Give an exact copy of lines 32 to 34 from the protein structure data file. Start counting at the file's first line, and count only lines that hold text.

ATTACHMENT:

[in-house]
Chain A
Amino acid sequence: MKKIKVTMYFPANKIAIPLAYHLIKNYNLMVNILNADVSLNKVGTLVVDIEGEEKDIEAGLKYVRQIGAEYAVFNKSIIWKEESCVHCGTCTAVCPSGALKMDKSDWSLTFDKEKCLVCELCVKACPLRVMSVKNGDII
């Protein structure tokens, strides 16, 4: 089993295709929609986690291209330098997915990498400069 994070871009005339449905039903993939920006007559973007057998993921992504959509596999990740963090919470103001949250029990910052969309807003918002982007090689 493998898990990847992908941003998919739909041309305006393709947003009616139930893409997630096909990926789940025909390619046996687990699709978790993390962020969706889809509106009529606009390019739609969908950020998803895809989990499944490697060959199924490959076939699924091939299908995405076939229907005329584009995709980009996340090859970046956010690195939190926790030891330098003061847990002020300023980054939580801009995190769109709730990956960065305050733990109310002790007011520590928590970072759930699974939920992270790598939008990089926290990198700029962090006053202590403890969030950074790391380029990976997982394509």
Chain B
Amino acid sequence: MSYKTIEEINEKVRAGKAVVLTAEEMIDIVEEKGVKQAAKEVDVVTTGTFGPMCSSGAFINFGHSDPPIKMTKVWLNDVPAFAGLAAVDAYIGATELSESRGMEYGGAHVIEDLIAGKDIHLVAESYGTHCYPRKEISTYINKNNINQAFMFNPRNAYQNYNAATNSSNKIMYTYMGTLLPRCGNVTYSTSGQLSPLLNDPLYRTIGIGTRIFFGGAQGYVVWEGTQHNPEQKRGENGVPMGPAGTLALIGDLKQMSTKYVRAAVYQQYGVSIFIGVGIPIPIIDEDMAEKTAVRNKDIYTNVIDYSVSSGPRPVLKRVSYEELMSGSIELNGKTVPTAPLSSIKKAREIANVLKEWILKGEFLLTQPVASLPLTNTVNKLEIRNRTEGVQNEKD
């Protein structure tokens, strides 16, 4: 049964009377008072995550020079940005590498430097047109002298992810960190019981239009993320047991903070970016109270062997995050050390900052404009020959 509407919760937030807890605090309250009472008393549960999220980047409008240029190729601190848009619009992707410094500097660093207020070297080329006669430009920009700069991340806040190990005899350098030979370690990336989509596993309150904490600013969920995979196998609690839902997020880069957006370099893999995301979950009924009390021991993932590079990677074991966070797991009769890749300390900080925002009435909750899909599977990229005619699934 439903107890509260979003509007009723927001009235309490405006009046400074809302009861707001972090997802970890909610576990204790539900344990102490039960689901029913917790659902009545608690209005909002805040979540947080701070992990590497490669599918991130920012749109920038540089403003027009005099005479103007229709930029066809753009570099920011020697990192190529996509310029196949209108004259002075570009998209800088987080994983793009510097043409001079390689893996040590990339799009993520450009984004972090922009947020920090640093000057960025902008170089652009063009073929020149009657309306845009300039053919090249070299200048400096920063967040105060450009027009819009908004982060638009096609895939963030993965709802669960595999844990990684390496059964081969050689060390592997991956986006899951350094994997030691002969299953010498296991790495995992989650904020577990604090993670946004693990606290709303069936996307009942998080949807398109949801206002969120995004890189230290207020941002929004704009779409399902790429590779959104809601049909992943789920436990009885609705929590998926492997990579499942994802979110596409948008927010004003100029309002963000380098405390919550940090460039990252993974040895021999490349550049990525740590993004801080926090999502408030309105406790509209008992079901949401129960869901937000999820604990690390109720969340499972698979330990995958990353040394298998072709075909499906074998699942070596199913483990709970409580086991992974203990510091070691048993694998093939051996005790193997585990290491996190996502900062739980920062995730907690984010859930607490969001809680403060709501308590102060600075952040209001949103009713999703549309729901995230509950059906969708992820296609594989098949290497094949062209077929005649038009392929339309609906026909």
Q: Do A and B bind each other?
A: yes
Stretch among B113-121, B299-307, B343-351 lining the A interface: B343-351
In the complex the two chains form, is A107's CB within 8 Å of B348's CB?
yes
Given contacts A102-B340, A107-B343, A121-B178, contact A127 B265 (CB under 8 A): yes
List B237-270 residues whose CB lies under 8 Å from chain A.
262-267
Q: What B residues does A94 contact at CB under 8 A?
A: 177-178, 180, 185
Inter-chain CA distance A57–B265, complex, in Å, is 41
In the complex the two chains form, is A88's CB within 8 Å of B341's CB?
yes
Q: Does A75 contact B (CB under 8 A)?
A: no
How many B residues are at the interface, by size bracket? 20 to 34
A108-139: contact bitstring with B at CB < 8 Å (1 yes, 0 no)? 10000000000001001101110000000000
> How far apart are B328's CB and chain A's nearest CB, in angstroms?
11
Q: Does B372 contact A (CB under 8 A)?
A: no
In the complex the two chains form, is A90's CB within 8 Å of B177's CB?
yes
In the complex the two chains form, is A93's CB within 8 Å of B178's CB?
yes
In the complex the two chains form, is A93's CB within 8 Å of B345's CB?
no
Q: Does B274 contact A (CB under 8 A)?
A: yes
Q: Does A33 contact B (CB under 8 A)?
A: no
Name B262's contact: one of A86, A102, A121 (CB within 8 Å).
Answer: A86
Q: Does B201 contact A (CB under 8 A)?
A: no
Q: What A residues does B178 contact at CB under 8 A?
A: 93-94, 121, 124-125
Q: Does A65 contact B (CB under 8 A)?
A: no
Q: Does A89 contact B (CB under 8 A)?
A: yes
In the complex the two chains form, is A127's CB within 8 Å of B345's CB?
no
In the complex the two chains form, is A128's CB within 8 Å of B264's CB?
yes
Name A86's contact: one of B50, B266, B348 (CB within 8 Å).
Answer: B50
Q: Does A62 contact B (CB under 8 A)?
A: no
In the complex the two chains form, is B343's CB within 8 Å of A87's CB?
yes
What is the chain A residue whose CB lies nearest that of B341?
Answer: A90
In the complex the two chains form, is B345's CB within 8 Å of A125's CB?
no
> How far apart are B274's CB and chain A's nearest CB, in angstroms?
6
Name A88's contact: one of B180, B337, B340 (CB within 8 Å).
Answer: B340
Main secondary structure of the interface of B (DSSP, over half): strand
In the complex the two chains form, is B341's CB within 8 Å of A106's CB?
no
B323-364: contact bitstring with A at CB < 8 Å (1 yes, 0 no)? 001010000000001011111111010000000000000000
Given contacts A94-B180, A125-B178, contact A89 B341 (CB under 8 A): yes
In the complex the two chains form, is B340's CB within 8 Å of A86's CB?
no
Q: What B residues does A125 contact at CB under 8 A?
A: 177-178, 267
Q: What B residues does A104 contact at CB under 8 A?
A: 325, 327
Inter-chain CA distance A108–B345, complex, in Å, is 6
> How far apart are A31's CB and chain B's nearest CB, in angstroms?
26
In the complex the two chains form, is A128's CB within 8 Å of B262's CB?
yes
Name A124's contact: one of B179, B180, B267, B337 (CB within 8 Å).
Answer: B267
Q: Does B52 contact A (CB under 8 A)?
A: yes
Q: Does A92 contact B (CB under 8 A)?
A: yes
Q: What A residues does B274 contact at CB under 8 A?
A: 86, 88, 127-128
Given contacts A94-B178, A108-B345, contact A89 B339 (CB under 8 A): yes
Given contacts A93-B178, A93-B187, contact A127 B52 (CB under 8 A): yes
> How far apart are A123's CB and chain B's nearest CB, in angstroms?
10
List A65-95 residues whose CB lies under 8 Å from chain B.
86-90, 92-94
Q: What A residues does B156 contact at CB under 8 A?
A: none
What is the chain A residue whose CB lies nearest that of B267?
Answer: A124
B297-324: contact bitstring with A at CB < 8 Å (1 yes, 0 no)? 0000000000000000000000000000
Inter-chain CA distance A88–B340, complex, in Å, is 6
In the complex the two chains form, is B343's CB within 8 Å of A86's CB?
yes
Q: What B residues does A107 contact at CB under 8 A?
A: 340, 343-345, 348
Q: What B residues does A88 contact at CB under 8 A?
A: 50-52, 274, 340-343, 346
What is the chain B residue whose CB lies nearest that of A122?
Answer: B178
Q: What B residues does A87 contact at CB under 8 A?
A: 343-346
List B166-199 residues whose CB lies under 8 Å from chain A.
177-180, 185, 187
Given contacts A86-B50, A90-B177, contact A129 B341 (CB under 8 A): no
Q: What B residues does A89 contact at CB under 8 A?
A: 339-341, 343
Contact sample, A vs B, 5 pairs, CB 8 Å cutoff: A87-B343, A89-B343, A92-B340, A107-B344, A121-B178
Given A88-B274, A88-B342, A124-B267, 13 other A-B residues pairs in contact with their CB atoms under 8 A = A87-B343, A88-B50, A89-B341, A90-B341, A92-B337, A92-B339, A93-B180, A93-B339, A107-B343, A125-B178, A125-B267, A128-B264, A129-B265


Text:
yes
In the complex the two chains form, is A93's CB within 8 Å of B345's CB?
no